Why Obama May Be Hesitant on Libyan No-Fly Zone

By | March 2, 2011

Since mid-February, Libyan citizens have been revolting against their government. The Libyan President has been taking military action to quell the rebellion including using mercenaries and air power on his own people. President Obama has asked for a contingency plan for a no-fly zone over Libya, but has been hesitant to put it in place.

Obama has asked for Libya’s President Muammar Gaddafi to step down and stop attacking the people of Libya, but with this, as in most difficult decisions, he provides little-to-no leadership. Now, perhaps, we know why.

According to a Bloomberg.com article, China and Russia signaled their opposition to a no-fly zone over Libya.

China joined Russia today in signaling potential opposition to imposing a no-fly zone over Libya if fighting continues between protesters and forces loyal to leader Muammar Qaddafi.

Li Baodong, China’s ambassador to the United Nations, didn’t explicitly rule out support for a move by the Security Council to police air space over Libya.

While pressure from Russia and China are certainly of significant influence, there are many other factors the President must consider. His own military chiefs are telling him that their resources are already stretched due to Obama’s surge into Afghanistan and the failure to draw-down forces in Iraq.

The action in North Africa will not be bloodless. Libya has anti-air assets that will require action immediately. Creating a no-fly zone will first require that all of it’s air defense capabilities are rendered useless whichwill require significant military action – in yet another Mid-East nation. As Defense Secretary Gates testified to Congress, “Let’s just call a spade a spade, A no-fly zone begins with an attack on Libya.”

Obama is in a tough spot, but that comes with the job. If he supports a no-fly zone and the military action that comes with it, he looks like he is positioning the U.S. in a conflict solely for Libya’s oil production. If he does not support the protection of the Libyan people, he is choosing a dictator over the revolutionaries.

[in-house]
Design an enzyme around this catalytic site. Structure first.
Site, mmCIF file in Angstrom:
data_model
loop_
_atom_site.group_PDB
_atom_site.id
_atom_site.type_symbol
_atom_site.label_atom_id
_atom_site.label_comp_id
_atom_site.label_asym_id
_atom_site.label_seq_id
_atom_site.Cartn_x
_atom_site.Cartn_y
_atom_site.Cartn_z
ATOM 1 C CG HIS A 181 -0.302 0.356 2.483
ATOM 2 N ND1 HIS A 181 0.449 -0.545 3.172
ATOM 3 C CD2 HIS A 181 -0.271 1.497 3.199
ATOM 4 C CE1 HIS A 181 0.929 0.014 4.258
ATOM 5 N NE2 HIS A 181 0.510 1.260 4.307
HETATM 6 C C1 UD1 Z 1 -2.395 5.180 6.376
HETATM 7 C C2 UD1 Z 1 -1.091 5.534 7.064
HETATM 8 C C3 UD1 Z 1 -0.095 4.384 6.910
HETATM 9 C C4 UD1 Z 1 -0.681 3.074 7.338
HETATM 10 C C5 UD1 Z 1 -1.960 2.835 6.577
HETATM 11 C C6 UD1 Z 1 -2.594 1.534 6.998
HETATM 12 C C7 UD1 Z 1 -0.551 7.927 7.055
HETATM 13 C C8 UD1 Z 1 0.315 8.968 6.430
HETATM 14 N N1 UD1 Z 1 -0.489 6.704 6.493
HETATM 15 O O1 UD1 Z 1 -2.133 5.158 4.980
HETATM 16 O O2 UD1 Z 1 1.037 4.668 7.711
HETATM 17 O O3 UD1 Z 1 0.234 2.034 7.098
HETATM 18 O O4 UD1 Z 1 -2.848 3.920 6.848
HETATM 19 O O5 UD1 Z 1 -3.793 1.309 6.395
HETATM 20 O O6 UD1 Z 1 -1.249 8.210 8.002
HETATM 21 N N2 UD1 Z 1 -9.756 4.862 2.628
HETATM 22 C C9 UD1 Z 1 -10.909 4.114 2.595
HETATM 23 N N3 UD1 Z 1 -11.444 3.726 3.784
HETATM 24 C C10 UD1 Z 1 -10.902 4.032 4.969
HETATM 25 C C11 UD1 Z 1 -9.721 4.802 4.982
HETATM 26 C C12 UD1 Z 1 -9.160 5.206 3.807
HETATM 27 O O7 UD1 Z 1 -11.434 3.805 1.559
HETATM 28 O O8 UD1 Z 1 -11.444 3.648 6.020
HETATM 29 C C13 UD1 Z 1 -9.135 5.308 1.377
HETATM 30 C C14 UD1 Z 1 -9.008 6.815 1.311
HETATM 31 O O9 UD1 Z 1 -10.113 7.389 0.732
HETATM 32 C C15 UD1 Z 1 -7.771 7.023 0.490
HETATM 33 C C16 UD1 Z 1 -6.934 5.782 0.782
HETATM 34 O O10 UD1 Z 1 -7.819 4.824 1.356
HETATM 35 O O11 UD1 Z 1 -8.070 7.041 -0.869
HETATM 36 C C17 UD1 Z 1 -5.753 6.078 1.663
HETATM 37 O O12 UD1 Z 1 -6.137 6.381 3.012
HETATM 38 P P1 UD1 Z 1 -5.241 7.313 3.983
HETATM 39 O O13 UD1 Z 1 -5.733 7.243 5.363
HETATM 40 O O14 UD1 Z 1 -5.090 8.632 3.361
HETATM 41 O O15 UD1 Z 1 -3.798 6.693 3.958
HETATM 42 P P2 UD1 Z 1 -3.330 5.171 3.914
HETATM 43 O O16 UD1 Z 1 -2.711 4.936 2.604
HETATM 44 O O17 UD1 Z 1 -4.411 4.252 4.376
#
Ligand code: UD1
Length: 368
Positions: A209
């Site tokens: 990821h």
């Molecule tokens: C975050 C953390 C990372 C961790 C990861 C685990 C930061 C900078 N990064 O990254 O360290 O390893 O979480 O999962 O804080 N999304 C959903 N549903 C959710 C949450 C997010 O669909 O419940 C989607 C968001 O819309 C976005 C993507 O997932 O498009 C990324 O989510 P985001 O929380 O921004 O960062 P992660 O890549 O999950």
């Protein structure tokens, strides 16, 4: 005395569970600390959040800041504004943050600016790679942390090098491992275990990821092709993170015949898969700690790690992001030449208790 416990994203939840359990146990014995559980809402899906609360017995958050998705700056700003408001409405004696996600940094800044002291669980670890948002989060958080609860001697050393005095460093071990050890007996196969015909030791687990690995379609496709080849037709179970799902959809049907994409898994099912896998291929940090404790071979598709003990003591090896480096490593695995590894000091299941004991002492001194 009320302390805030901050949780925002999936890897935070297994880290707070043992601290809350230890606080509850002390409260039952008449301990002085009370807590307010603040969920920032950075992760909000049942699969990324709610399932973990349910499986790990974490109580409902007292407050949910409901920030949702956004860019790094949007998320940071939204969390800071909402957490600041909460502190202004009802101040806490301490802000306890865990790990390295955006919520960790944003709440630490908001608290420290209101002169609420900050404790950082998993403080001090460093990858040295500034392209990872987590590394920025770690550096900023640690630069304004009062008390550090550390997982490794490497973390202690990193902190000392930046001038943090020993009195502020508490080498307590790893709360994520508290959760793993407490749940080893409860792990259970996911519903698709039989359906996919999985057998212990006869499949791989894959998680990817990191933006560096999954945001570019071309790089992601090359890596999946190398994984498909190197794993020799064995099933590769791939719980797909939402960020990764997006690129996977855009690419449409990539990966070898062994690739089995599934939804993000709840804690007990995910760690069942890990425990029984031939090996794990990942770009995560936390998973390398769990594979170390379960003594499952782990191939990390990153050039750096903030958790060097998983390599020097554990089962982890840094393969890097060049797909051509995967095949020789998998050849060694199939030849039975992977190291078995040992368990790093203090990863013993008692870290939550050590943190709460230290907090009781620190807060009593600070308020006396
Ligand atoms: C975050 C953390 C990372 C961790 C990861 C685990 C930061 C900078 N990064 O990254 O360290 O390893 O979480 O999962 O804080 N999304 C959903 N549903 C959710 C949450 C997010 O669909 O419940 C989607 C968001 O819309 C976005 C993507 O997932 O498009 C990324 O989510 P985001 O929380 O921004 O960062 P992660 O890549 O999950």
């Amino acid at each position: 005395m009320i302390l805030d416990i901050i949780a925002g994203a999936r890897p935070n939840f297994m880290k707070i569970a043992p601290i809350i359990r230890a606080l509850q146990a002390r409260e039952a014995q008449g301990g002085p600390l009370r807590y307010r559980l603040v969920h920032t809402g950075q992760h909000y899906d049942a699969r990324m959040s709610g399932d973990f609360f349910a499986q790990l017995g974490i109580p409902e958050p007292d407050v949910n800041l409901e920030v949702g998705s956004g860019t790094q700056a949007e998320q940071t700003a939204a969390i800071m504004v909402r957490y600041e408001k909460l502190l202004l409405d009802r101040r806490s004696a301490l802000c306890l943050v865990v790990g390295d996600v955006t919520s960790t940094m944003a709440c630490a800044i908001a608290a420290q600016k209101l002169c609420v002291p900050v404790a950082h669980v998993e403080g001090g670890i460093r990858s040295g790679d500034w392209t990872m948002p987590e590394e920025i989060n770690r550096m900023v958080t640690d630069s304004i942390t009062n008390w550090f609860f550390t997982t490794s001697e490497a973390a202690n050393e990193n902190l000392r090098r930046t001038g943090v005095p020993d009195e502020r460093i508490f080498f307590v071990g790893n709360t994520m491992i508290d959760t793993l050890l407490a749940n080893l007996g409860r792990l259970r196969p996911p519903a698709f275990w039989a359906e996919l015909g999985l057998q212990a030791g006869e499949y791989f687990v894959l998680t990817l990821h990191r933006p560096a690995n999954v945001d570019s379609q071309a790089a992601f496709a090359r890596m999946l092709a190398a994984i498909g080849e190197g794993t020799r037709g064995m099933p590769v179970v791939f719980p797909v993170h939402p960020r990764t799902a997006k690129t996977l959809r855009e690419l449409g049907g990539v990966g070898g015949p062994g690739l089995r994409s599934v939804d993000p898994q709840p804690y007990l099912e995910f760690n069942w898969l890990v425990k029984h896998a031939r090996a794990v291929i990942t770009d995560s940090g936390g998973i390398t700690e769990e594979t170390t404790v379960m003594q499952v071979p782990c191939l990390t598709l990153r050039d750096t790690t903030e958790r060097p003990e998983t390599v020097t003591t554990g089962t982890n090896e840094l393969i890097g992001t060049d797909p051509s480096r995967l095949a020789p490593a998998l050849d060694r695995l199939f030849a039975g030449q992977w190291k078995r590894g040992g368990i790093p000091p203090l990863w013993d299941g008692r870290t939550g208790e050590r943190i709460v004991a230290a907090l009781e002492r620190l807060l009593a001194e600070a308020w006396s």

Afghanistan is going to be a long slog that the American population may not have the will to continue and a revolt in northern Africa would most-likely not yield an outcome much better than the Gaddafi regime. Without international assistance, Gaddafi may well remain in power and take out his anger on the revolutionaries once the rebellion is put down.

There are no easy choices here, it’s 3am Mr. President, the phone is ringing – what do you do?

 

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4 thoughts on “Why Obama May Be Hesitant on Libyan No-Fly Zone

  1. Mirac

    The incompetence of the chosen one surfaces more and more every day. I saw the “rebels” leader in Libya today on TV. Sure looke d like a US military bullet proof vest and a Colt 1911A- 9mm military issue pistol on his belt. Add that to his Che cap and Che-esque neck wrap he had on , and mark my words, the U. S. will be shown to be aiding the Rebels in Libya exentually. All this while the ditherer in chief tells the world we can’t get involved in other countries business.

  2. twistedmuser

    He’ll probably roll over and go back to sleep. Upon waking he will convene a committee to help him draft a sternly worded letter, after which he will direct Hillary to deliver. I’m not actually saying he should do anything. I am saying it was a whole lot easier to criticize when he was running for office the actions of GWB vs performing actions himself.

    1. Rich Mitchell (twitter: @CDNNow) Post author

      I agree whole-heartedly. I am not saying that he should or shouldn’t although I am leaving towards, not adding Libya to our list of current “Overseas Contingency Operations”, “Man-made disasters” or whatever crafty term we’ll be using next. The fact that he is paralyzed by the decision is more my concern.

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